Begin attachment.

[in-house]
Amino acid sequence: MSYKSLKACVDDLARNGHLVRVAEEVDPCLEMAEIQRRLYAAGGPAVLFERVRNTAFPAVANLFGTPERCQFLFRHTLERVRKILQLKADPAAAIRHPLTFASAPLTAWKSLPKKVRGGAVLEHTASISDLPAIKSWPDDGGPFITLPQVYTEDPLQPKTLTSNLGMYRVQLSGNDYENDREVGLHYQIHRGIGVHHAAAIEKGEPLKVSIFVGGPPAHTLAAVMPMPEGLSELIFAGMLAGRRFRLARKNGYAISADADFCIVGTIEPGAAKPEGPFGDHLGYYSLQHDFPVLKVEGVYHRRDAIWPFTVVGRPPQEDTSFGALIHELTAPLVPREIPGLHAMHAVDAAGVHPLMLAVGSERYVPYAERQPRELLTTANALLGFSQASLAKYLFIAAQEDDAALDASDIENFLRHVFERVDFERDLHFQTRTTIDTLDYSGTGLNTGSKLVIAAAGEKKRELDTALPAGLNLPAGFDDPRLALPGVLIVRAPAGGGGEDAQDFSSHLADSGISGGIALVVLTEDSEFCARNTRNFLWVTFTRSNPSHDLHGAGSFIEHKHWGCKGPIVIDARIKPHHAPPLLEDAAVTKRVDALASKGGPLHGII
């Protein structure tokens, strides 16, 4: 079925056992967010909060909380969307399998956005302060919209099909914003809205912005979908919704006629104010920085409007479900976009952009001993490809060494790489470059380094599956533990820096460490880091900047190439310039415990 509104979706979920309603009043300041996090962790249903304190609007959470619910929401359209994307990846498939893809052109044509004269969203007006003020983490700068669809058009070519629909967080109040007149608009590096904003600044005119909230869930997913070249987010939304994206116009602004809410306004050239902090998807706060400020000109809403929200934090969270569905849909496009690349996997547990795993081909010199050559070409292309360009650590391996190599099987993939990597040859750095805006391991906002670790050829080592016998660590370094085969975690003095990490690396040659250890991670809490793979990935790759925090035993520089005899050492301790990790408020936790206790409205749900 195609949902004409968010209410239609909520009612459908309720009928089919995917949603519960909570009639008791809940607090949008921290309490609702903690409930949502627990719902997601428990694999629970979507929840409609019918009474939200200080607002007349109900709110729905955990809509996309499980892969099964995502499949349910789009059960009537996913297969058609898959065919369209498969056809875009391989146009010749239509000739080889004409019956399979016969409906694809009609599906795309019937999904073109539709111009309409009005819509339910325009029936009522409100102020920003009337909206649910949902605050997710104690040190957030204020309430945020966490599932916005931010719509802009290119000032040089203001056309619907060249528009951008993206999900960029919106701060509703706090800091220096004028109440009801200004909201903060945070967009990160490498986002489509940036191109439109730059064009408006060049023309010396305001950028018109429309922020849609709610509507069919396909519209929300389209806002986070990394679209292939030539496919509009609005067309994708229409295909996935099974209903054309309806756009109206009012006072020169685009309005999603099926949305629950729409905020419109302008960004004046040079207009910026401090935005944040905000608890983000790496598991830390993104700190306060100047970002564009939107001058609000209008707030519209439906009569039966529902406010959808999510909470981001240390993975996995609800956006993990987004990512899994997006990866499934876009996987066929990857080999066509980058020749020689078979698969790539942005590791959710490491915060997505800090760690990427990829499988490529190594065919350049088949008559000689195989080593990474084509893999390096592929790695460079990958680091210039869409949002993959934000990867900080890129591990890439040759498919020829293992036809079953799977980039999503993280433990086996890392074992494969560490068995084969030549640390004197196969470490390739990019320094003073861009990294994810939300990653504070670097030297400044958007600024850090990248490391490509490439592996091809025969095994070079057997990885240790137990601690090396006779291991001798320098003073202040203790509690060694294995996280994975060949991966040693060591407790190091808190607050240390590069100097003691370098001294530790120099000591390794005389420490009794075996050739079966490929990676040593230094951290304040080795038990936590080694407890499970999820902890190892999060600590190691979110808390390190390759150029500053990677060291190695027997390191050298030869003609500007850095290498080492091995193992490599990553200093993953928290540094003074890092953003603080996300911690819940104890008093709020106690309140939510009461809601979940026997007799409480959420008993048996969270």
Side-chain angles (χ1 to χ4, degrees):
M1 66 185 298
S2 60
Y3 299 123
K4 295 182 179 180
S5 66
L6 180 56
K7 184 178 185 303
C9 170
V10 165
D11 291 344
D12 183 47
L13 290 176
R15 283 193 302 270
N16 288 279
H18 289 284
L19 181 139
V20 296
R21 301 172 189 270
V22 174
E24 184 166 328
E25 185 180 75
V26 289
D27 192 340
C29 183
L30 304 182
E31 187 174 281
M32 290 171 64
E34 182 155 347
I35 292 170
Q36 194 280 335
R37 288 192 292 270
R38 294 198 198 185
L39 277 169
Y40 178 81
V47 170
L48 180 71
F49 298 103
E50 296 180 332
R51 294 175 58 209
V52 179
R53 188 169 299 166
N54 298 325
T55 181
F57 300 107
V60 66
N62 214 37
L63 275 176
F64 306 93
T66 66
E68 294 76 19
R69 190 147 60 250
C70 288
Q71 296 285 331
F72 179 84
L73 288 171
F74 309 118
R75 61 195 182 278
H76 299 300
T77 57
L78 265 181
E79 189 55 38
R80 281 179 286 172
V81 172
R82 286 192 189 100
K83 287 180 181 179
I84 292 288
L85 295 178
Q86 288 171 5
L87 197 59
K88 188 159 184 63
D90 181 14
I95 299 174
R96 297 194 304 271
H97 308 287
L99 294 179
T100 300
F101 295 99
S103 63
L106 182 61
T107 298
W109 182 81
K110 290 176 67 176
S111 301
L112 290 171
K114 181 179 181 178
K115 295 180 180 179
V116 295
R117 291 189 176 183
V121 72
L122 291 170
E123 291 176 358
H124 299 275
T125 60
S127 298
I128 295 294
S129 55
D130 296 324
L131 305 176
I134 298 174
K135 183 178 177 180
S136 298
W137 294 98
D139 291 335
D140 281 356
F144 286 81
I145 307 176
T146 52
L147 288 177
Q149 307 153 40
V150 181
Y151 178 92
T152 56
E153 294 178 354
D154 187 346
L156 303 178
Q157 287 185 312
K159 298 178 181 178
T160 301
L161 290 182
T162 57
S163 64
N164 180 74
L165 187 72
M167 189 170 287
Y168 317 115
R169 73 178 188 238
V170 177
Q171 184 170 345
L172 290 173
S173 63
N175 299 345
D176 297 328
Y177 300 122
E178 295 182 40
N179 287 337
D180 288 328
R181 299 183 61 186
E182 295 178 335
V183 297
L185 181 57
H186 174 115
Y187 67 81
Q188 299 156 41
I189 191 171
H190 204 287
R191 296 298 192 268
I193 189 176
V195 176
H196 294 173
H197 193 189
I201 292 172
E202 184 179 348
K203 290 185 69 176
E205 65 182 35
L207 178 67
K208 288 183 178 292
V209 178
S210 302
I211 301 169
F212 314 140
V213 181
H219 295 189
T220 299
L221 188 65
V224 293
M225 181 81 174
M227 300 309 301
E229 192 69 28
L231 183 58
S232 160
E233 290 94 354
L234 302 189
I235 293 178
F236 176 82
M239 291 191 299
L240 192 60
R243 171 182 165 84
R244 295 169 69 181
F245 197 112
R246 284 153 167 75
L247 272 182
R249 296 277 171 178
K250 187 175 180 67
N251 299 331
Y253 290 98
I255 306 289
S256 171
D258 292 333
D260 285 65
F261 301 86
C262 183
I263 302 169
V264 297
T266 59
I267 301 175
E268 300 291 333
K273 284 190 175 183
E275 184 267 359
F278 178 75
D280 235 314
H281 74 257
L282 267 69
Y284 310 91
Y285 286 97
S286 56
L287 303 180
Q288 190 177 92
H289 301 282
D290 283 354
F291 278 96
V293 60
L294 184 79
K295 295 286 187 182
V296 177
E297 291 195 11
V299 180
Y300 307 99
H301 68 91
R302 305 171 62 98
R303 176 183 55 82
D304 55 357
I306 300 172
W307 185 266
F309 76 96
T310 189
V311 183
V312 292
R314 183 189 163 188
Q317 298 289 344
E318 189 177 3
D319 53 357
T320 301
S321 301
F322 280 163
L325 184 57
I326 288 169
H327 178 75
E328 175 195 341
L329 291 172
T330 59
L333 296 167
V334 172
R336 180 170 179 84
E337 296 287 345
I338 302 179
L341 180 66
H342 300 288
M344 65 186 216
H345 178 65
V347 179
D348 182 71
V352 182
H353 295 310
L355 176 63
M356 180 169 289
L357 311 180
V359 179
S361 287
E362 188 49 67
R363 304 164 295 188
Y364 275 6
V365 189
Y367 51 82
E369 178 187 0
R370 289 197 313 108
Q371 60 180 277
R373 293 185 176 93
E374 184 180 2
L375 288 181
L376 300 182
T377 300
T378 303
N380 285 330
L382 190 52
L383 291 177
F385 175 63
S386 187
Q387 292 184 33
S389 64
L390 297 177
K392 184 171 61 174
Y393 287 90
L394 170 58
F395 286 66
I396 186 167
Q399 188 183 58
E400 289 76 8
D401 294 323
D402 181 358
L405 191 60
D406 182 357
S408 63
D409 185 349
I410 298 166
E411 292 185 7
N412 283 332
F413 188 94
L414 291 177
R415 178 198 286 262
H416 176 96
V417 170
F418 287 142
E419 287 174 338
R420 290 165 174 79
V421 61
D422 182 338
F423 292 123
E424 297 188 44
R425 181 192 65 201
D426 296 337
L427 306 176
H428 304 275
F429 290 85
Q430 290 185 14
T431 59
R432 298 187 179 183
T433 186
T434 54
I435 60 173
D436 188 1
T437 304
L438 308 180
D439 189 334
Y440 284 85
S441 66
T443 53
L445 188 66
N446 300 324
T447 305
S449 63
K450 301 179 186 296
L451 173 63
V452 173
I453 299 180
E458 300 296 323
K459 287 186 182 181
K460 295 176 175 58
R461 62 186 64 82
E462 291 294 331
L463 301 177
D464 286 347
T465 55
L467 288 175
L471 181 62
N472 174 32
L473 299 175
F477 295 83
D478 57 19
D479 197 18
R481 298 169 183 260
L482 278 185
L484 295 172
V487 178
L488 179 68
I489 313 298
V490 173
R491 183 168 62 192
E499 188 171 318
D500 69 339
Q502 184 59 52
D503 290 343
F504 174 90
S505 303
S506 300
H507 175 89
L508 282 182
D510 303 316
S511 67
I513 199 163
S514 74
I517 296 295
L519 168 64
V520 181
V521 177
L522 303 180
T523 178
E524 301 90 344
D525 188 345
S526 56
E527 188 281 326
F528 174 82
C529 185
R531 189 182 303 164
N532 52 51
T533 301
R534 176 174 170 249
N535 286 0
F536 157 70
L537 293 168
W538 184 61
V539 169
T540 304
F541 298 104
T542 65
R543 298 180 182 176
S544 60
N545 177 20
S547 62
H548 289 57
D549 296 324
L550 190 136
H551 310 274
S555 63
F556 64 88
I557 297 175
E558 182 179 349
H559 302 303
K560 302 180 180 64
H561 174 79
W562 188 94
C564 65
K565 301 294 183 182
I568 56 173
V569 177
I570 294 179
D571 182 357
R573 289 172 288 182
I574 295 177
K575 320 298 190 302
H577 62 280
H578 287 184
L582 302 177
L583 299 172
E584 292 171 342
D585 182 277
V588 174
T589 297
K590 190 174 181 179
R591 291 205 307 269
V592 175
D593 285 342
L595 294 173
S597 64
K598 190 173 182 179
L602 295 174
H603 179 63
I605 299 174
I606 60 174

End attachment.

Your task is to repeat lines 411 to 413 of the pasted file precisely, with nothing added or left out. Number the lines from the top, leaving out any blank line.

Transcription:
H559 302 303
K560 302 180 180 64
H561 174 79